The city of St. Paul may buy and develop a former golf course on the East Side, after discovering soil contamination on the 110-acre property that could scare away private developers.
The Port Authority Board of Commissioners on Tuesday unanimously approved the creation of an Industrial Development District at the former Hillcrest Golf Club site, allowing the port to have a hand in its future development.
The authority estimates that it could cost $2.5 million to clean up the mercury pollution at Hillcrest, which is one of the city's largest undeveloped tracts.
"If we could figure out a way to buy it, we definitely would," Port Authority President Lee Krueger said in an interview. "It's one step at a time."
Monte Hilleman, the Port Authority's senior vice president of real estate development, told the board that the public sector needs to play a role in developing Hillcrest, and said the port is "very well-positioned" to deal with the site's challenges and make way for mixed-use development there.
State statute allows port authorities to create Industrial Development Districts to ensure development of "marginal" properties. In St. Paul, the port has created these districts on the properties that became Allianz Field, Energy Park Business Center, the Phalen Corridor and other sites.
Hillcrest opened as a municipal golf course in 1921 and in 1945 became a private club for Jewish members, who were barred from other clubs. Membership restrictions were lifted in the 1970s.
Steamfitters Pipefitters Local 455 bought Hillcrest in 2011 for about $4 million, according to Ramsey County property tax records, and closed the golf club in 2017. The port has been working with the union in recent months to assess the condition of the property, Hilleman said.
Environmental consulting and testing firm Braun Intertec conducted investigations at the site, which according to a board memorandum found "a significant amount of mercury soil contamination" from a fungicide as well as "petroleum releases associated with maintenance and operations on the site."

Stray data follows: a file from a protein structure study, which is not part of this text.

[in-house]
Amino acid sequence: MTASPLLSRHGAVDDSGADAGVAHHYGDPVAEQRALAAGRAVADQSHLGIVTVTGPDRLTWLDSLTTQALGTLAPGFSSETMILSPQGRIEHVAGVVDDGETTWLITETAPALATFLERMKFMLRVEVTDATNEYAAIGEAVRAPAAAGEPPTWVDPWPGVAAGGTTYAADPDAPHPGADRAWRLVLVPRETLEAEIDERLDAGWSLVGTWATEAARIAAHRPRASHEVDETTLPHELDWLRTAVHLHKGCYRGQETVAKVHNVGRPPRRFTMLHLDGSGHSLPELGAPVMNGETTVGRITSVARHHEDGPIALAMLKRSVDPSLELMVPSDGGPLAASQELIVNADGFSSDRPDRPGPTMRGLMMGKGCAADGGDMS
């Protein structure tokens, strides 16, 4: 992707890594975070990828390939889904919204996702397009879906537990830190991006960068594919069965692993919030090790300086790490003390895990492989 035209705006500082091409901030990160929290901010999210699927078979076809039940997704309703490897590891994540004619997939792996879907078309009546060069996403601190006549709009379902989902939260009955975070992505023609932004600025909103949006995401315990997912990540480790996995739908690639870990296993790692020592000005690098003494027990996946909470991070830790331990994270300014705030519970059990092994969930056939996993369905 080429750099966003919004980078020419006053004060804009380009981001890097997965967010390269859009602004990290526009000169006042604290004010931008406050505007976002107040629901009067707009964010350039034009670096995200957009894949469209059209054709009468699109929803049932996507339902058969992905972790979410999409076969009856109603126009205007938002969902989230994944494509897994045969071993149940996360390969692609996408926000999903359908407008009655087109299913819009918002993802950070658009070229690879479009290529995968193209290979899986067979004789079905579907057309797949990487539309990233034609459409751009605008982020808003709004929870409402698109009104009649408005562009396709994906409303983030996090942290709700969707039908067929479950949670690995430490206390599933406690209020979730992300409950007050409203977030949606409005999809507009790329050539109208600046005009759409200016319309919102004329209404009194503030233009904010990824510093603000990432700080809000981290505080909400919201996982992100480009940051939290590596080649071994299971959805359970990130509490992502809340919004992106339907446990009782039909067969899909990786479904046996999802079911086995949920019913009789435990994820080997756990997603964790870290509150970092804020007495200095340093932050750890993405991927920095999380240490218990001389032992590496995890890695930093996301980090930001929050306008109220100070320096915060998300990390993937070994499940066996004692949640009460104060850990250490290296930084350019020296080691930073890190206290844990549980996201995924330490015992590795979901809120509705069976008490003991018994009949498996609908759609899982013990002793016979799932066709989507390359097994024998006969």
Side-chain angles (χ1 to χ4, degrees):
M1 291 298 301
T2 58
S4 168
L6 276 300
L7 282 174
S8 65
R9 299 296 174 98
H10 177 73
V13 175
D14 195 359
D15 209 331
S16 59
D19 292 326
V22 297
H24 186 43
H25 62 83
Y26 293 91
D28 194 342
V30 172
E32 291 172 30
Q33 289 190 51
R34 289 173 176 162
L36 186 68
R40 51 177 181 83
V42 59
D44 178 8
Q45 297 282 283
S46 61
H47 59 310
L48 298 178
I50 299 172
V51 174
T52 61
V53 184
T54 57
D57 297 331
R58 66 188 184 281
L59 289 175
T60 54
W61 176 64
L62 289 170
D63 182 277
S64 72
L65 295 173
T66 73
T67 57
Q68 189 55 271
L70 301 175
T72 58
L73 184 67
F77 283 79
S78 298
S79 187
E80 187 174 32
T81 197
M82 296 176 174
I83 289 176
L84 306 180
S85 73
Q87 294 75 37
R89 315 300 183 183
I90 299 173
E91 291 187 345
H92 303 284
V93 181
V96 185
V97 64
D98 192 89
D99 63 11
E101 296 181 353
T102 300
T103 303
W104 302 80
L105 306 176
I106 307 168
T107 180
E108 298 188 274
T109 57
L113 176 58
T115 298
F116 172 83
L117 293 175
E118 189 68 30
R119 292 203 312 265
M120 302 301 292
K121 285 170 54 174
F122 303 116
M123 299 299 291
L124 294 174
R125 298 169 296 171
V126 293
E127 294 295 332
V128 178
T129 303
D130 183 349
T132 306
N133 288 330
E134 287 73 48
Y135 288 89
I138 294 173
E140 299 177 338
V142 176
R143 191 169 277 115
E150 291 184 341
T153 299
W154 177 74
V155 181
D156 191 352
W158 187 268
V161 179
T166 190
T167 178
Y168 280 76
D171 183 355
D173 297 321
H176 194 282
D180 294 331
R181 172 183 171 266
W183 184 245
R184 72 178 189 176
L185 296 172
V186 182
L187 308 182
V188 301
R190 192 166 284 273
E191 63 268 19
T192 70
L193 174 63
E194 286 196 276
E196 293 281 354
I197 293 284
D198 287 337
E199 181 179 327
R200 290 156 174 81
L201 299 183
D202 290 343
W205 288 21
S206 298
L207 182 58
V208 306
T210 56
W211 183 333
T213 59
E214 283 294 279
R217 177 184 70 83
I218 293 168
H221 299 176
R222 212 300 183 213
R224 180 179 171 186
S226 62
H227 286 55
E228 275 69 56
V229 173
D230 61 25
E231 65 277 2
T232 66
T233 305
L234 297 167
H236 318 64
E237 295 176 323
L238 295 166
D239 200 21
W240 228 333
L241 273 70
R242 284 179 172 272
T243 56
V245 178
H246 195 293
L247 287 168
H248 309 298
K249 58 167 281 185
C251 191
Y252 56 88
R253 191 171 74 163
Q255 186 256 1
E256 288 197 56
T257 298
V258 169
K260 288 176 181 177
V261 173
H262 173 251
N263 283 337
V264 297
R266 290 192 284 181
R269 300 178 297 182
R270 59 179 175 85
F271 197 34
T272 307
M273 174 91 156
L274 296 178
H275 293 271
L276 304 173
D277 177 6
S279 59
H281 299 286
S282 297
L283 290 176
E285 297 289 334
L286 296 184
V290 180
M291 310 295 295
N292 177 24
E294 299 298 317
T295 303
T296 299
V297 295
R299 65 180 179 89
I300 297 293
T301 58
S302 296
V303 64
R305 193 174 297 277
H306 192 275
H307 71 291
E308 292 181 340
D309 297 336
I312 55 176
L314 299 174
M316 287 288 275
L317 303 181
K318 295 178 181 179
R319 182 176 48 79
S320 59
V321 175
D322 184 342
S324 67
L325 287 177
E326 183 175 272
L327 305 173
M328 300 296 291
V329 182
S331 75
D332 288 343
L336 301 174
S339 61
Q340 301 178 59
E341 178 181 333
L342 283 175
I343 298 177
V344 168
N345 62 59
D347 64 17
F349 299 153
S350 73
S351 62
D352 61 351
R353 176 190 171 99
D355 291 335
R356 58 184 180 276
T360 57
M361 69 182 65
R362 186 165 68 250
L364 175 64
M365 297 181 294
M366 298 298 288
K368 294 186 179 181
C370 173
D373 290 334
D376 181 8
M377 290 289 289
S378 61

"Comparatively, for a site of this size, it could've been a lot worse," Hilleman said.
Krueger emphasized that although the Port Authority has done preliminary studies on contamination at Hillcrest, the agency has not committed any money to cleaning it up.
Still, commissioners applauded the Port Authority's decision to play a role at the site as they sat around a conference table on Tuesday afternoon, munching on popcorn in bright blue bowls. Board Chairman John Bennett said he initially questioned the port's involvement, but noted that the money and time needed to clean up the contamination would be a barrier for private developers.
Steamfitters Pipefitters Business Manager Tony Poole said in an e-mail that he has had "a variety of conversations with the Port Authority," and that the Industrial Development District "will be great for the East Side of St. Paul."
If the Port Authority buys Hillcrest, it will become tax-exempt until it's developed with homes and businesses. The port estimates the site could produce $250 million worth of development and generate $5 million a year in property tax revenue.
Though Tuesday's board meeting was intended to serve as a public hearing on the Industrial Development District, no one came to speak. Members of the public will have more opportunities to weigh in as plans for site move forward, Krueger said.